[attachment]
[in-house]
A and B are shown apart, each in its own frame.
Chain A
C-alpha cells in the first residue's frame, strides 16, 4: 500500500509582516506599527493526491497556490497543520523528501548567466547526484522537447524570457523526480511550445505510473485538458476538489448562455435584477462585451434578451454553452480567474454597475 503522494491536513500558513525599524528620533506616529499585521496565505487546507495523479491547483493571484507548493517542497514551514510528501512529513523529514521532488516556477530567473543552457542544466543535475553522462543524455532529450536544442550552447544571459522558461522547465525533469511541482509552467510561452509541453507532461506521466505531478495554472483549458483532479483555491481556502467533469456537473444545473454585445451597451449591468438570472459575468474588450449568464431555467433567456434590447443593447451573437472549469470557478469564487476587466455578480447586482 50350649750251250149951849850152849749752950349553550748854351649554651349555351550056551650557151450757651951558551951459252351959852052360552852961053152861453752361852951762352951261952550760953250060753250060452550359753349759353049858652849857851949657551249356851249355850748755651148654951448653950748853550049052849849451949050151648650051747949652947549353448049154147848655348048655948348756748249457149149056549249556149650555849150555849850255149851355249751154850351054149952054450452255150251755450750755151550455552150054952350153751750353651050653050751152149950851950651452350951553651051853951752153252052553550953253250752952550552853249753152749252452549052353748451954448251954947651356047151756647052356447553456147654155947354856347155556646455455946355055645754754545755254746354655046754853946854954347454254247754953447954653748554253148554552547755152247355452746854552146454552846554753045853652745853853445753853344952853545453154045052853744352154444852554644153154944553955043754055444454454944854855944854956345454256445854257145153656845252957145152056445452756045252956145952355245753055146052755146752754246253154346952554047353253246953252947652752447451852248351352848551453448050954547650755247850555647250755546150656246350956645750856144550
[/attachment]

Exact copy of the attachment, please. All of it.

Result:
[in-house]
A and B are shown apart, each in its own frame.
Chain A
C-alpha cells in the first residue's frame, strides 16, 4: 500500500509582516506599527493526491497556490497543520523528501548567466547526484522537447524570457523526480511550445505510473485538458476538489448562455435584477462585451434578451454553452480567474454597475 503522494491536513500558513525599524528620533506616529499585521496565505487546507495523479491547483493571484507548493517542497514551514510528501512529513523529514521532488516556477530567473543552457542544466543535475553522462543524455532529450536544442550552447544571459522558461522547465525533469511541482509552467510561452509541453507532461506521466505531478495554472483549458483532479483555491481556502467533469456537473444545473454585445451597451449591468438570472459575468474588450449568464431555467433567456434590447443593447451573437472549469470557478469564487476587466455578480447586482 50350649750251250149951849850152849749752950349553550748854351649554651349555351550056551650557151450757651951558551951459252351959852052360552852961053152861453752361852951762352951261952550760953250060753250060452550359753349759353049858652849857851949657551249356851249355850748755651148654951448653950748853550049052849849451949050151648650051747949652947549353448049154147848655348048655948348756748249457149149056549249556149650555849150555849850255149851355249751154850351054149952054450452255150251755450750755151550455552150054952350153751750353651050653050751152149950851950651452350951553651051853951752153252052553550953253250752952550552853249753152749252452549052353748451954448251954947651356047151756647052356447553456147654155947354856347155556646455455946355055645754754545755254746354655046754853946854954347454254247754953447954653748554253148554552547755152247355452746854552146454552846554753045853652745853853445753853344952853545453154045052853744352154444852554644153154944553955043754055444454454944854855944854956345454256445854257145153656845252957145152056445452756045252956145952355245753055146052755146752754246253154346952554047353253246953252947652752447451852248351352848551453448050954547650755247850555647250755546150656246350956645750856144550